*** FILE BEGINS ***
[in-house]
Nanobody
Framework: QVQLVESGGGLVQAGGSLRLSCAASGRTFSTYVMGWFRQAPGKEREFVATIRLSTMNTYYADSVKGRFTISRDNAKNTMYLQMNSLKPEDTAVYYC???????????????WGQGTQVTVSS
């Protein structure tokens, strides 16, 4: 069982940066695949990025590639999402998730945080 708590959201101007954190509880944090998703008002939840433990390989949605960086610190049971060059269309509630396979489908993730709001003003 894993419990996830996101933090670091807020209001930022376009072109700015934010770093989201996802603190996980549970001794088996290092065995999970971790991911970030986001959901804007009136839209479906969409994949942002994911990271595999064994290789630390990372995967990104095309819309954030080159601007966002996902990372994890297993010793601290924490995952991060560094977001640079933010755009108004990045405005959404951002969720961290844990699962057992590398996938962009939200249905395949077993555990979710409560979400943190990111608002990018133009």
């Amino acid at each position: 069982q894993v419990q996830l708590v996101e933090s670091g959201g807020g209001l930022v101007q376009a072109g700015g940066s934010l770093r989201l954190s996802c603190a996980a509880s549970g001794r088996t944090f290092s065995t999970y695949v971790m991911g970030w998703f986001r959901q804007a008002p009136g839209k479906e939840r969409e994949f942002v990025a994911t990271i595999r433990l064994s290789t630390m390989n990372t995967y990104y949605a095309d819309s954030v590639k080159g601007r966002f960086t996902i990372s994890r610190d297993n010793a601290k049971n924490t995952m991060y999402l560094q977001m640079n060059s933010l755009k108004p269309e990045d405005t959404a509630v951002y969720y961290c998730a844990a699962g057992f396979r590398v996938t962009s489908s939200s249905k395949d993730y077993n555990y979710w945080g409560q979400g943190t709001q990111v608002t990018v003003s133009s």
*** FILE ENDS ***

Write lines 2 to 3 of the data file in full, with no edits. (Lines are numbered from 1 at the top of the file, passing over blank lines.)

Nanobody
Framework: QVQLVESGGGLVQAGGSLRLSCAASGRTFSTYVMGWFRQAPGKEREFVATIRLSTMNTYYADSVKGRFTISRDNAKNTMYLQMNSLKPEDTAVYYC???????????????WGQGTQVTVSS